STATE COLLEGE, Pennsylvania (Reuters) - Football fans, former players and mourners who thought of Penn State coach Joe Paterno as family paid their respects on Tuesday to the late, legendary Hall of Famer, whose casket was set out for public viewing.
Thousands of people, many of whom waited more than an hour in the winter chill, filed quietly past Paterno’s richly polished wooden casket, covered with a spray of white roses. To one side was a framed photo of sweater-clad Paterno, smiling, with his arms crossed.
Paterno, 85, who died on Sunday of lung cancer, was the face of Penn State for half a century until he was fired last fall for doing too little about a child sexual abuse scandal surrounding former assistant coach Jerry Sandusky.
The viewing was the first formal opportunity for the public to pay their respects to Paterno, whose record 409 victories over 46 years at the helm of Penn State’s football program put him among the best known, widely respected and beloved of college football coaches.
Tickets for a public memorial service on Thursday, issued for free by the university, were in such demand that one ticket was being auctioned on eBay with a bid of more than
However, the online auction company blocked the sale, a spokeswoman said, citing its ticket resale policy that does not allow sale of tickets to events which are free to the public.
University officials estimated some 10,000 people would view Paterno’s casket by nightfall. The viewing at the Pasquerilla Spiritual Center on Penn State’s campus was set to end at 11 p.m., and a private family funeral was scheduled for Wednesday.
The line past the casket moved quickly, with mourners pausing only a few seconds. Many people crossed themselves.
At one side of the casket stood a former Penn State football player, while a current team member stood at the other side. Players planned to stand at the casket’s side throughout the viewing, which was to continue on Wednesday morning.
Among the first to file past was Brian Dozier, who played offensive tackle from 1989 to 1991 and credited Paterno with teaching him to prepare for adversity.
“One of the things I learned was that life will not always be fair,” Dozier said.
Jim McClure, a Penn State football season ticketholder for 39 years, said he wanted to pay respects to the coach who advocated the motto “Success with Honor” and whose football program boasted high graduation rates among its players.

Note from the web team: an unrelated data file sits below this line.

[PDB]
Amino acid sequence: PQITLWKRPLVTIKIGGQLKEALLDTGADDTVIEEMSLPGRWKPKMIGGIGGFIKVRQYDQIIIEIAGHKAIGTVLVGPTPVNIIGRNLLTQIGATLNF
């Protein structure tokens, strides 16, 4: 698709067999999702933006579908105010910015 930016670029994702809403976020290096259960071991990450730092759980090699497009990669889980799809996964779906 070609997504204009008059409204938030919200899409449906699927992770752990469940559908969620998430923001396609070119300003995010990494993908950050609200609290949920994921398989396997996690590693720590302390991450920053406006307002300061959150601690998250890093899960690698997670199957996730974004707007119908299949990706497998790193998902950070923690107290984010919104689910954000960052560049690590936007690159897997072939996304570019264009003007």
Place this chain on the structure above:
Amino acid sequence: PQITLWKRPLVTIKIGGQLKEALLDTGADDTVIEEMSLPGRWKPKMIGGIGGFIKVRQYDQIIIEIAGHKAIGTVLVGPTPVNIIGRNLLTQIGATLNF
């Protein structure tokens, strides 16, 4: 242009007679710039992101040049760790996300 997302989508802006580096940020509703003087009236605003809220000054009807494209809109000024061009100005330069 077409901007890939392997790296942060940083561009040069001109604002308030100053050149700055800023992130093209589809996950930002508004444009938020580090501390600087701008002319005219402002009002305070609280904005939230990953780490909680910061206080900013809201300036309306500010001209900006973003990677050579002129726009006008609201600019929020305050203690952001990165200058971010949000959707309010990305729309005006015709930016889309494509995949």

“He realized an athlete could be a student, and a student could be an athlete,” said McClure, 66, of Millersburg, Pennsylvania.
Paterno’s family revealed in November that he was suffering from lung cancer, just days after he was fired by the Penn State Board of Trustees for failing to intervene more forcefully when Sandusky was accused of molesting young boys.
Paterno told university officials but not police about an allegation that Sandusky sexually abused a young boy in the Penn State football showers in 2002, opening himself to criticism that he protected Sandusky for nine years.
Sandusky, 67, faces 52 criminal counts accusing him of sexually abusing 10 boys over 15 years. He has maintained his innocence and is under house arrest.
Alumnus Gary Smith, a football season ticketholder since he graduated in 1980, voiced the sentiment of those alumni who feel Paterno was treated callously by the board, which fired him in a telephone call, after his stellar career at the helm of Penn State’s multi-million-dollar football program.
“They could have called him and said, ‘Come in and talk to us,'” said Smith.
Smith’s sister Jodi Haaf, 47, said she and her brother drove more than three hours from Matamoras, Pennsylvania, to attend the viewing.
“Joe’s family,” she said.
Thursday’s public memorial service is scheduled in Penn State’s basketball arena, the Bryce Jordan Center. The supply of tickets to “A Memorial for Joe,” issued with a two-ticket per person limit, was snapped up quickly.
Writing by Ellen Wulfhorst. Editing by Paul Thomasch